Investors Link Sustainability with Financial Performance: BCG Report

(3BL Media/Justmeans) – For any company, it is critically important to understand the priorities of its investors. Companies readapt their corporate strategy and behavior based on their understanding of investor interests. Corporate sustainability is increasingly important for investors, as evidence grows that companies' ESG performance has an impact on long-term financial success.

The Boston Consulting Group’s seventh sustainability report in collaboration with MIT Sloan Management Review presents an in-depth analysis of investors’ new ability to connect sustainability performance with corporate performance and identifies what corporate leaders can do to stay relevant to sustainability-oriented investors.

The report, Investing for a Sustainable Future: Investors Care More about Sustainability than Many Executives Believe, found that three out of four senior executives in investment firms see a company’s sustainability performance as materially important to their investment decisions – and nearly half would not invest in a company with a poor sustainability track record.

Six key findings that emerged from the 2015 survey of more than 3,000 executives and managers from more than 100 countries include:

Managers’ perceptions of investors are out of date

Only 60 percent of managers in publicly traded companies believe that good sustainability performance is materially important to investors’ investment decisions.

Investors believe that sustainability creates tangible value

Seventy-five percent of investors cite improved revenue performance and operational efficiency from sustainability as strong reasons to invest.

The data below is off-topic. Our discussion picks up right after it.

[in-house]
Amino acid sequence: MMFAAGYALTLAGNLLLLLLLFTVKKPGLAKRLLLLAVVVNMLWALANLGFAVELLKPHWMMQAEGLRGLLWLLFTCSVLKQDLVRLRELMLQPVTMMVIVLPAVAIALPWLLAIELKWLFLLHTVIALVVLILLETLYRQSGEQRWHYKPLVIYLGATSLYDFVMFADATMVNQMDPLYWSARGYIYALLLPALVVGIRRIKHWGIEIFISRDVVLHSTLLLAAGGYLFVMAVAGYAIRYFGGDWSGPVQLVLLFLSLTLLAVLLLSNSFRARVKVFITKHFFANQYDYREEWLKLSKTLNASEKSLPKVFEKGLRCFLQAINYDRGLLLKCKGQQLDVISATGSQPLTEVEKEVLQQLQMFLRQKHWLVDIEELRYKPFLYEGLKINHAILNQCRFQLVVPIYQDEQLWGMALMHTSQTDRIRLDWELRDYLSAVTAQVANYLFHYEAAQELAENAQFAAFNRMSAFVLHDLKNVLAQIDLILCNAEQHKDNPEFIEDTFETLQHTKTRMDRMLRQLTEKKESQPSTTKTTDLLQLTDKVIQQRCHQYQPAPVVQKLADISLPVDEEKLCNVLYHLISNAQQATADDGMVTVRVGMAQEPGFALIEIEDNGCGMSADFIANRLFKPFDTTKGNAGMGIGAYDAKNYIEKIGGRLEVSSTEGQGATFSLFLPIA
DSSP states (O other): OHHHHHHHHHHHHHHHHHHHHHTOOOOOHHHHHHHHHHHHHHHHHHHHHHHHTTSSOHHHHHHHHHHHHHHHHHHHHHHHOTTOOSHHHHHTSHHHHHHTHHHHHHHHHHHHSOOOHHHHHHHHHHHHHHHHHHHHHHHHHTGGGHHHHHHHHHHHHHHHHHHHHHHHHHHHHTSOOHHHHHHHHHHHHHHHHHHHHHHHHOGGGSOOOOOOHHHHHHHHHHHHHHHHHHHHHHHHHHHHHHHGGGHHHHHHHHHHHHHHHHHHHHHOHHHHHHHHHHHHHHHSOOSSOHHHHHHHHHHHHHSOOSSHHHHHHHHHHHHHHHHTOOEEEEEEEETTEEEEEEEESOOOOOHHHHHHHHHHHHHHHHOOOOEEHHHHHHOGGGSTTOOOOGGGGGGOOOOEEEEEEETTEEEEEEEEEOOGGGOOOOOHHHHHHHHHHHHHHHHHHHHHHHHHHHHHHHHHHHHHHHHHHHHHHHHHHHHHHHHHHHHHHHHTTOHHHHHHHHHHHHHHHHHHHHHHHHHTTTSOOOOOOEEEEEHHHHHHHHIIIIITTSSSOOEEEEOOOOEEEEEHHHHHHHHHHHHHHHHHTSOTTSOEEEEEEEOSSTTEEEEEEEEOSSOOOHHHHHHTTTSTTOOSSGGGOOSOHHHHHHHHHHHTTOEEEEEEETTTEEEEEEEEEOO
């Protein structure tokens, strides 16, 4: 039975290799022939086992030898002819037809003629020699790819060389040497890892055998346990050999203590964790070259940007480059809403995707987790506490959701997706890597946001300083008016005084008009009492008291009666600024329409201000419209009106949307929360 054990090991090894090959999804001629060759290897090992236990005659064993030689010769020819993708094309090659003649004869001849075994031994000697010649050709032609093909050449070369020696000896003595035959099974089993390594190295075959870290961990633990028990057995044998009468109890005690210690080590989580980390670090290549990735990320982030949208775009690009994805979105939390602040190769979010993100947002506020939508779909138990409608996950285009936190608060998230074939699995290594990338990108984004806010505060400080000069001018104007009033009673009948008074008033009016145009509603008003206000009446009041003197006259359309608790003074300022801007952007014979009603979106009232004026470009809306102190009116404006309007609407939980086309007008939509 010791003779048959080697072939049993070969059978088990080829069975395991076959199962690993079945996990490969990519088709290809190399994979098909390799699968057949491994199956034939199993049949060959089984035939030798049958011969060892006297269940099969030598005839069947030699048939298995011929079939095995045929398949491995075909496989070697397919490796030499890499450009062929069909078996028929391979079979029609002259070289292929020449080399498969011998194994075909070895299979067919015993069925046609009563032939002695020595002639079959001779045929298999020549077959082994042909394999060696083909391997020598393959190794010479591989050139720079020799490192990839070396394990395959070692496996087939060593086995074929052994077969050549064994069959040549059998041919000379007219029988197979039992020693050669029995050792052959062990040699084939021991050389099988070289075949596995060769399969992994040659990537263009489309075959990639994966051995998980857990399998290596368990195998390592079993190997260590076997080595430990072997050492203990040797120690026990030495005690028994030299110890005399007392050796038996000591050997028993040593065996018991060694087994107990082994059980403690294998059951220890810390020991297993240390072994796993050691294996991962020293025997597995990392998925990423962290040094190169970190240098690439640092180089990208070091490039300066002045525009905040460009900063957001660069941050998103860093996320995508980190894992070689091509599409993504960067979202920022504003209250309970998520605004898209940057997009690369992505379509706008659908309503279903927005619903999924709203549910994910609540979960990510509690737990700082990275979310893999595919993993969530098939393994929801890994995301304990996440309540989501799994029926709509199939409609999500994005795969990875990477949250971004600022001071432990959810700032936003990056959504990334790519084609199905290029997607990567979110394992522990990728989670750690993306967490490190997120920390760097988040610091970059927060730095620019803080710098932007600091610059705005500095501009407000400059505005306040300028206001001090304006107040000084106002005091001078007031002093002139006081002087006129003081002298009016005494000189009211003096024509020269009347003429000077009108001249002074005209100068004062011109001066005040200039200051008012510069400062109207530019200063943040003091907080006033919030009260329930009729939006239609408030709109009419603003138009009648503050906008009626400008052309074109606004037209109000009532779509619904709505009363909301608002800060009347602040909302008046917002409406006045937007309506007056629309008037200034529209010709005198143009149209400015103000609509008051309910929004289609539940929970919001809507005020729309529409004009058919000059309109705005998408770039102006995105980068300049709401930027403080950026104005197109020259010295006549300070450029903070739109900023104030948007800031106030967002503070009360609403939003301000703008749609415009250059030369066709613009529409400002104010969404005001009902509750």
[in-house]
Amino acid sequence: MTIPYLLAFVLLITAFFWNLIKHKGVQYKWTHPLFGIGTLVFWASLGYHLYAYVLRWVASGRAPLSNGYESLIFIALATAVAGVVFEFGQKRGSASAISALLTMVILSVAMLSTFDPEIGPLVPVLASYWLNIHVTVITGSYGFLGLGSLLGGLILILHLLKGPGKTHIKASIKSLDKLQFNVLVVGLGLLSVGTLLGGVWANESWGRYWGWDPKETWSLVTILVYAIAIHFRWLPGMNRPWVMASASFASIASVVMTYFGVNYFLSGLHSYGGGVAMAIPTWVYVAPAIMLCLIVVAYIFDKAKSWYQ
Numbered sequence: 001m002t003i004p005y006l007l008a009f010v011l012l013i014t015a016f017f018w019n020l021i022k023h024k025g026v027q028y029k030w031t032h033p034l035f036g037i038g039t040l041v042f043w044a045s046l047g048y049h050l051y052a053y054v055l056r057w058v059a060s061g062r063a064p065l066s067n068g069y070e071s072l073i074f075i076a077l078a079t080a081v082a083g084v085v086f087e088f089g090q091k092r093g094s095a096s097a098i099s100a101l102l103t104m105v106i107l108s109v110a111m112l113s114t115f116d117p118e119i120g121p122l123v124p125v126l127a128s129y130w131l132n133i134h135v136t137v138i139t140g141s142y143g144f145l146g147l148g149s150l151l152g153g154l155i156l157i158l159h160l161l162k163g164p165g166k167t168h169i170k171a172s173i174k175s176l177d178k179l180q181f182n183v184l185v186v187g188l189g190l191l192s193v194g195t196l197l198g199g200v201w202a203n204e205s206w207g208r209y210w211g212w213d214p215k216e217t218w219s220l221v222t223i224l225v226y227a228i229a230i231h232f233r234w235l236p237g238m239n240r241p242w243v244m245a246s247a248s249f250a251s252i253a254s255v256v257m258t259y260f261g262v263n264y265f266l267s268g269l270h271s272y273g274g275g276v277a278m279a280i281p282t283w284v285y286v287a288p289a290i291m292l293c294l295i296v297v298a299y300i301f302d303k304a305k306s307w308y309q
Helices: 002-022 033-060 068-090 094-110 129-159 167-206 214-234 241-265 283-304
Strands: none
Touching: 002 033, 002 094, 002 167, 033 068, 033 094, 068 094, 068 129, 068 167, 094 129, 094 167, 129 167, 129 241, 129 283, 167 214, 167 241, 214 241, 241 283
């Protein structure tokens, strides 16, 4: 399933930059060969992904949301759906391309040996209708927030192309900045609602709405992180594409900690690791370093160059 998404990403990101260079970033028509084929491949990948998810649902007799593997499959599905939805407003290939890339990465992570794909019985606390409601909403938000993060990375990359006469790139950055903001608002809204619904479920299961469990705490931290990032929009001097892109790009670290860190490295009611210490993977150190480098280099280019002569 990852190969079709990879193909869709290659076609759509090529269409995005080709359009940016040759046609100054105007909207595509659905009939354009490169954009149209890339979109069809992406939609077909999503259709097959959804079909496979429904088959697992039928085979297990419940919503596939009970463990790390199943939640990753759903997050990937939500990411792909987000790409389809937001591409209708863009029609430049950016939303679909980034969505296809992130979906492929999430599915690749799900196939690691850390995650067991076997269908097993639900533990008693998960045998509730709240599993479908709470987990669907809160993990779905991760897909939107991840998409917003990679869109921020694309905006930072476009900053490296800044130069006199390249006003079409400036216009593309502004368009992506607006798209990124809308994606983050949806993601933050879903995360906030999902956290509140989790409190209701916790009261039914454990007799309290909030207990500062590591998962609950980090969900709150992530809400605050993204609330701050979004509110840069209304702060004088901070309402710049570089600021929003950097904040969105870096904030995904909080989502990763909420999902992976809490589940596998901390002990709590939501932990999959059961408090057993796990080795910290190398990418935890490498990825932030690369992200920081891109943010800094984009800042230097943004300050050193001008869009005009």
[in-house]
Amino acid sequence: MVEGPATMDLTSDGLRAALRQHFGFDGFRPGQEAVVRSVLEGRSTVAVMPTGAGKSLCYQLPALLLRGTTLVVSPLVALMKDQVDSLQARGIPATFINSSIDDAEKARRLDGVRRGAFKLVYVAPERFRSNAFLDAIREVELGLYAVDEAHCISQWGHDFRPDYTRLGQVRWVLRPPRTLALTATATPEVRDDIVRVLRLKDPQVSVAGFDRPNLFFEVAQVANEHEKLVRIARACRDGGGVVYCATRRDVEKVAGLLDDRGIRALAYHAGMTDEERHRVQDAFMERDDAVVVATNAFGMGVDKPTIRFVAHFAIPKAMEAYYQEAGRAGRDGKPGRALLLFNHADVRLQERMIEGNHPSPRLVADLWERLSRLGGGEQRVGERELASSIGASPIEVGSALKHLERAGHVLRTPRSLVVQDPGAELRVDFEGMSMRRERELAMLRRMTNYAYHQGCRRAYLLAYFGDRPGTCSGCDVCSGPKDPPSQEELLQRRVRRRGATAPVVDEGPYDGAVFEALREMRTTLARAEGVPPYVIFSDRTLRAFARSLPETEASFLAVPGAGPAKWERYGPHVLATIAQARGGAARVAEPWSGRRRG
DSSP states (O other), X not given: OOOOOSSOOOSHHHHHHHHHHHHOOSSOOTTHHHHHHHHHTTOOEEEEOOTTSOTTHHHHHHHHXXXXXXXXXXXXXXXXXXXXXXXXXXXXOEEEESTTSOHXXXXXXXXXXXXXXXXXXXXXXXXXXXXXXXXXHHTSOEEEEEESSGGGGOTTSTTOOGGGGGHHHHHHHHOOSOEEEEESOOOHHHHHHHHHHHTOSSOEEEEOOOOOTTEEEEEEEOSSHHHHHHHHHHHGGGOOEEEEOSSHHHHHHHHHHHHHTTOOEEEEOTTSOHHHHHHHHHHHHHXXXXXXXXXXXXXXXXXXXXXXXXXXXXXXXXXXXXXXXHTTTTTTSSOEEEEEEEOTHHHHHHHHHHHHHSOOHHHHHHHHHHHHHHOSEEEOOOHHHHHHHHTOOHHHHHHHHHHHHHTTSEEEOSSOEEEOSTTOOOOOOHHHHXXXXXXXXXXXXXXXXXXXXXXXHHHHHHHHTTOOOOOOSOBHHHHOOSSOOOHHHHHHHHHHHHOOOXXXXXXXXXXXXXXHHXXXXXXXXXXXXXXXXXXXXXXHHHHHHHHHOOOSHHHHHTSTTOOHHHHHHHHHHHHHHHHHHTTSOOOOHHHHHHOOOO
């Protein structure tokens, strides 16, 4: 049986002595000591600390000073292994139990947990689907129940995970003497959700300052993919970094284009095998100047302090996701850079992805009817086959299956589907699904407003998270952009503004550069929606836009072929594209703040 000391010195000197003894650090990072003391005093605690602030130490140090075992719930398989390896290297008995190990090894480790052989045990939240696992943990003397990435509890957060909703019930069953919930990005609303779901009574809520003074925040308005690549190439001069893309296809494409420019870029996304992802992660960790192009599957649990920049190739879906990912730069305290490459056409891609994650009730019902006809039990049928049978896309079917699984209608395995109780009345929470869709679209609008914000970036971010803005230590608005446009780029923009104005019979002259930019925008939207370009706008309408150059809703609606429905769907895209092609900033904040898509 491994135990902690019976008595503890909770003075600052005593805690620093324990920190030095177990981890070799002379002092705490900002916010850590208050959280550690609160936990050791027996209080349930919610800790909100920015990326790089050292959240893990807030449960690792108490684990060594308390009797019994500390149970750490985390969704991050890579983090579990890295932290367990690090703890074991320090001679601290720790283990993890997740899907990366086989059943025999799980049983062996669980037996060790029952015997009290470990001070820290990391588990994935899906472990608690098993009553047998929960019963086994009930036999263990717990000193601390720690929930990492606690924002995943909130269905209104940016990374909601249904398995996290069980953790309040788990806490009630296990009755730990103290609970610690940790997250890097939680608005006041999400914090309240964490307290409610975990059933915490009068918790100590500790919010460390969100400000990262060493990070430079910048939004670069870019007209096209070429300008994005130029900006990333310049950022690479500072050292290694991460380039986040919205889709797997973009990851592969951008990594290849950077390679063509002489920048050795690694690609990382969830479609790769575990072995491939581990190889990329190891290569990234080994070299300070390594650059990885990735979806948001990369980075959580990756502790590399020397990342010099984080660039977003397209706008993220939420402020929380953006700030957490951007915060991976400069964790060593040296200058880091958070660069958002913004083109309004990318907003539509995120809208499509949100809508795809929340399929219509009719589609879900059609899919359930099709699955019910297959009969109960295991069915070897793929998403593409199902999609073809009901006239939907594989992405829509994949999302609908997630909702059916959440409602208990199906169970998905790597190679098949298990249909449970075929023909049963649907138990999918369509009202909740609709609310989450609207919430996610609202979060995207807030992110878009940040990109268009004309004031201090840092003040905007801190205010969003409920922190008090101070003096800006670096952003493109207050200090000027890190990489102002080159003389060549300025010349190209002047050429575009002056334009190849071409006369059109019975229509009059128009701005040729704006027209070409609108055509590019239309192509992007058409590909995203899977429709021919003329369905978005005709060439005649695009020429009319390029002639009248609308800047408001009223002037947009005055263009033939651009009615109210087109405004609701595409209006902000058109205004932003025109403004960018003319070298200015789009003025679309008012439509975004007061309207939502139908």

Investors are prepared to divest

Nearly half of investors say that they would not invest in a company with a record of poor sustainability performance.

Lack of communication

Only 51 percent of senior managers are well-informed about their company’s sustainability efforts. The communication gap between investors and corporate management is just as large.

Sustainability indices are losing their luster

Only 36 percent of the investors say that being included on a major index is an important factor in their investment decisions.

Investor interest in sustainability is driven by factors such as growth of analytics and sophisticated modeling that show how sustainability investments create shareholder value. Large firms such as Bloomberg and Thompson Reuters collect data on sustainability issues, and most large investment firms, including BlackRock, have specialized departments examining these issues.

Sustainability concerns are reflecting sharply in terms of divestments in the fossil fuel industry. Norway’s largest pension fund, Kommunal Landspensjonskasse, or KLP, has decided to divest all of its investments in coal companies. Global insurer Allianz SE recently announced that it will divest from any company that bases more than 30 percent of its energy production on coal.

In 2015, Corporate Knights, a Toronto-based media and research company, launched its Decarbonizer tool, where any investor can see what effect a divestment in 2012 from fossil fuels would have had on a fund or index performance in 2015. The Bill & Melinda Gates Foundation, for example, would have been nearly $2 billion richer had it divested from fossil fuels.

Incidentally, the Gates Foundation has sold 85 percent of its holdings in fossil fuel companies since 2014, and recently sold its entire stake in oil giant BP.

Source: 3BL Media